French writer Adrien Bocquet traveled to Ukraine twice in April on missions to deliver humanitarian aid, medical equipment, and medicines. He visited both the Polish-Ukrainian border and the Kiev suburb of Bucha, observing Russian prisoners being tortured and killed and Ukrainian fighters setting the stage for a false flag frame-up of civilian massacres.

The writer alleges to have witnessed the torture and murder of Russian POWs in a hangar in the northern part of Bucha in early April when the Ukrainian military had regained control of the city.

“When I talk about murder and torture, I am talking about the murder and torture of the Russian military. Officers were the first to be executed. I heard shouts when the ‘Azov men’ asked who the officer was. As soon as they got the answer, they immediately shot that person in the head […] The worst thing is that I saw no human attitude, no emotions, because I saw people being executed, people being tortured, people being killed, shot in their limbs, heads,” Bocquet said.

Bocquet noted that he often interacted with the Ukrainian Armed Forces and Azov fighters, who shocked him with their inhumane treatment of Russians, Jews, and people of other races.

“I had to pretend a lot to avoid showing my opinions and emotions and above all not to show disagreement with their opinions. Disagreement with their Nazi ideology, especially when they expressed attitudes toward Jews and people of color, because they made very cruel statements. And first of all, I’m talking about hatred towards Russians, because they […] call you ‘Russian dogs’. And for all these soldiers, for members of the Azov Battalion, the main task, as they have always told me, is to torture and kill ‘Russian dogs’. As a former military man, I was surprised. Because everything showed that their main goal was to torture and kill ‘Russian dogs’ while they never even talked about the liberation of their population,” the volunteer recalled.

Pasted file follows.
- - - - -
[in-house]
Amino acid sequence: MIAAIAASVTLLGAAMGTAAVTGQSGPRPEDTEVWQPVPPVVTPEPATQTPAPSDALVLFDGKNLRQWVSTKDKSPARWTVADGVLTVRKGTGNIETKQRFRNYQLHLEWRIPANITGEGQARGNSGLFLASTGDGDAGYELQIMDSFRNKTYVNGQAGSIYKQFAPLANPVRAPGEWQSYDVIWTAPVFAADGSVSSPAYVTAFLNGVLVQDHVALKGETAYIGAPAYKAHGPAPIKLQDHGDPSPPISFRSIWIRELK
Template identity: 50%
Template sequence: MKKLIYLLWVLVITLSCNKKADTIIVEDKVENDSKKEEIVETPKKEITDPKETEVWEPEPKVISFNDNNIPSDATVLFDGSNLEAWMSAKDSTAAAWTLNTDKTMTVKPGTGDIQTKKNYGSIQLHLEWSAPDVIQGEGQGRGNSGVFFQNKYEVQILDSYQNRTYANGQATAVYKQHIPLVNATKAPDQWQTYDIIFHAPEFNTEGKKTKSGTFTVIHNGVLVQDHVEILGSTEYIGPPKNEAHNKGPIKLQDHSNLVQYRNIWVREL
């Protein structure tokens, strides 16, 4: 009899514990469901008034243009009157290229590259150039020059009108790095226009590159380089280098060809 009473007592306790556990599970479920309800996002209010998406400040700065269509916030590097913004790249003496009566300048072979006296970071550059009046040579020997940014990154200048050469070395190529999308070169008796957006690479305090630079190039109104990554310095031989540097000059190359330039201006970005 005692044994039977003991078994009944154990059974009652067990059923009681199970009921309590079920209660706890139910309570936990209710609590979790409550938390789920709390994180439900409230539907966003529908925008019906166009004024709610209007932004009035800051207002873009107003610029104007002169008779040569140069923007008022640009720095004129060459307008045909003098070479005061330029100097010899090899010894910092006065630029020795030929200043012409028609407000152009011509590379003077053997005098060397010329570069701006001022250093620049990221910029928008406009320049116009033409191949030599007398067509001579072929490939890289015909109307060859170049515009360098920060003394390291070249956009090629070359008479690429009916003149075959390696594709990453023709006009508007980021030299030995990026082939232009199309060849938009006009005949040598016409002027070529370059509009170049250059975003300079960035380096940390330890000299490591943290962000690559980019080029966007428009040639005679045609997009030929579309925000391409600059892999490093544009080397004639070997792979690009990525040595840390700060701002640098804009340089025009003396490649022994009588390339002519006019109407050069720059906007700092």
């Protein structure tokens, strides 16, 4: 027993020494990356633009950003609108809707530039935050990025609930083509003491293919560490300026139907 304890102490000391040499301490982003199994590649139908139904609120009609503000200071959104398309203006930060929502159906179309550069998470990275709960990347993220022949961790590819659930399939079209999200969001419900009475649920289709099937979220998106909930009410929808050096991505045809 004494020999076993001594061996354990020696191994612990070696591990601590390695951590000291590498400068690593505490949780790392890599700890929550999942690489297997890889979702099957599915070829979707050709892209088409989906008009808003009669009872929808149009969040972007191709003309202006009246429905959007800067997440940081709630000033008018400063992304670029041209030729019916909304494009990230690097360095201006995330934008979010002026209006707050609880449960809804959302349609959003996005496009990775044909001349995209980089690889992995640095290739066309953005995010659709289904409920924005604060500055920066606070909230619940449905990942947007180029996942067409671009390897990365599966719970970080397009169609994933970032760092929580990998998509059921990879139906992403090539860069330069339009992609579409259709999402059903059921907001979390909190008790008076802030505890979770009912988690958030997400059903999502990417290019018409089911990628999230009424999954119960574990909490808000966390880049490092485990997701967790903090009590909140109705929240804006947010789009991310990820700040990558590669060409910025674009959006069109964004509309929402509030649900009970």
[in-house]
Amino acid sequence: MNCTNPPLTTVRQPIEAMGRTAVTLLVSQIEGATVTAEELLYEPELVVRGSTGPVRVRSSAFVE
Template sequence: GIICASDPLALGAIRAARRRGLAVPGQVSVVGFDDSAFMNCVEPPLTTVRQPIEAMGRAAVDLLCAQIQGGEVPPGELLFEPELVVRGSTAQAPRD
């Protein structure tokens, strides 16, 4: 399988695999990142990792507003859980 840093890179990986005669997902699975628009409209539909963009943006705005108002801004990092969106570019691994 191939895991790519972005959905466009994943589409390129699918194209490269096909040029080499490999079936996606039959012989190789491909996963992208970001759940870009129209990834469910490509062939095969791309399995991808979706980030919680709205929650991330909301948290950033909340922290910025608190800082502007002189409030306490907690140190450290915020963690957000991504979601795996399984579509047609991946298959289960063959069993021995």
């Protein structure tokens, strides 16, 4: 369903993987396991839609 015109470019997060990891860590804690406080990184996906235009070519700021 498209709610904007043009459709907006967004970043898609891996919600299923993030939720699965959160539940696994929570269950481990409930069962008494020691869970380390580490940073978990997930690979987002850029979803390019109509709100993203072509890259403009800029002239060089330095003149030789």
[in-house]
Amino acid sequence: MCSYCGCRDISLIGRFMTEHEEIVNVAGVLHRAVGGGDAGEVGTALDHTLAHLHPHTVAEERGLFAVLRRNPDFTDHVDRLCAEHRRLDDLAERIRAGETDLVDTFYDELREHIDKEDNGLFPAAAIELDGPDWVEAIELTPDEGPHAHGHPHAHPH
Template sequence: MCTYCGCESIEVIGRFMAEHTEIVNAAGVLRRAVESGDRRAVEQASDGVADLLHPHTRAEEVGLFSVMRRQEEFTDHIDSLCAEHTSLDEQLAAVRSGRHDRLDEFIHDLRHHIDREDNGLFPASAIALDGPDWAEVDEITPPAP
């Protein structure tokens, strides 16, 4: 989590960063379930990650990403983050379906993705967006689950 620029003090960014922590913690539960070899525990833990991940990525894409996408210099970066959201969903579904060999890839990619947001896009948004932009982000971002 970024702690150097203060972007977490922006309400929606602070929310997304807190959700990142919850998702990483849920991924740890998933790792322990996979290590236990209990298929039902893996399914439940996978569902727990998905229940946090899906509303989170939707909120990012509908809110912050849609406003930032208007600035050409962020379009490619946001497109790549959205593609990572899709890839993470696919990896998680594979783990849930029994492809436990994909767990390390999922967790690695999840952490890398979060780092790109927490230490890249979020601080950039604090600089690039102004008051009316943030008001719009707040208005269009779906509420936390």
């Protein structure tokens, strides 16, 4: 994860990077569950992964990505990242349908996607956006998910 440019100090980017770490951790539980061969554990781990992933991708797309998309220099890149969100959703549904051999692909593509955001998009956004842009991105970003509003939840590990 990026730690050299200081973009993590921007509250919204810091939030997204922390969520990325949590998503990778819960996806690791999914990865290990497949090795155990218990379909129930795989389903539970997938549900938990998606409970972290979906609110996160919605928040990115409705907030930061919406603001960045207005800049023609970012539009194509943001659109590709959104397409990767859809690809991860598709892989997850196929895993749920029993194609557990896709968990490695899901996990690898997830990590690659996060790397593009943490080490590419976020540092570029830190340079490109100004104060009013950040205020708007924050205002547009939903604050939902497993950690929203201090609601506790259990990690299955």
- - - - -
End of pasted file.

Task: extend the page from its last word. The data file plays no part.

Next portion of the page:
Furthermore, he witnessed preparations for a false flag provocation in Bucha, which looked to accuse the Russian military of massacring civilians.

“When we entered Bucha by car, I was in the passenger seat. And as we drove through the city, I saw bodies of people on the sides of the streets, and at the same time I saw people’s bodies being taken out of trucks and laid out next to the bodies lying on the ground to give the effect of mass killings,” Bocquet said.

He added that there were journalists nearby who immediately started filming as soon as piles of bodies were set up.

“One of the volunteers who was at this place the day before, I emphasize that I didn’t witness this, but one of the volunteers told me… He told me that the day before he saw refrigerator trucks from other cities of Ukraine coming to Bucha and unloading bodies and laying them out in rows. I realized from this that they were staging mass massacres,” the interviewee explained.

He noted that both volunteers and locals were pressured and threatened with imprisonment and reprisals to avoid bad publicity.

“We distributed medicines, including those containing narcotic substances, painkillers, containing morphine. They told us openly: if you don’t share with us, you won’t get where you need to go. I clearly remember that we had to deliver these painkillers to a children’s hospital, and we were told that if we didn’t share, we wouldn’t get there. Moreover, when we were near Bucha, we were escorted by military guards, they were Azov fighters. They escorted us to one of the hangars and told us to prepare a separate box of morphine-containing drugs to allow us to drive on,” Bocquet said.

Furthermore, the volunteers were restricted from taking photos and videos.

“We were warned that [if we took photos or videos] we would get imprisonment for ten years or more severe consequences. This ban also applied to the locals. This pressure was exerted by the military, primarily by the Azov men. Today, Europe does not understand how great the pressure is on the population of Ukraine,” said the Frenchman.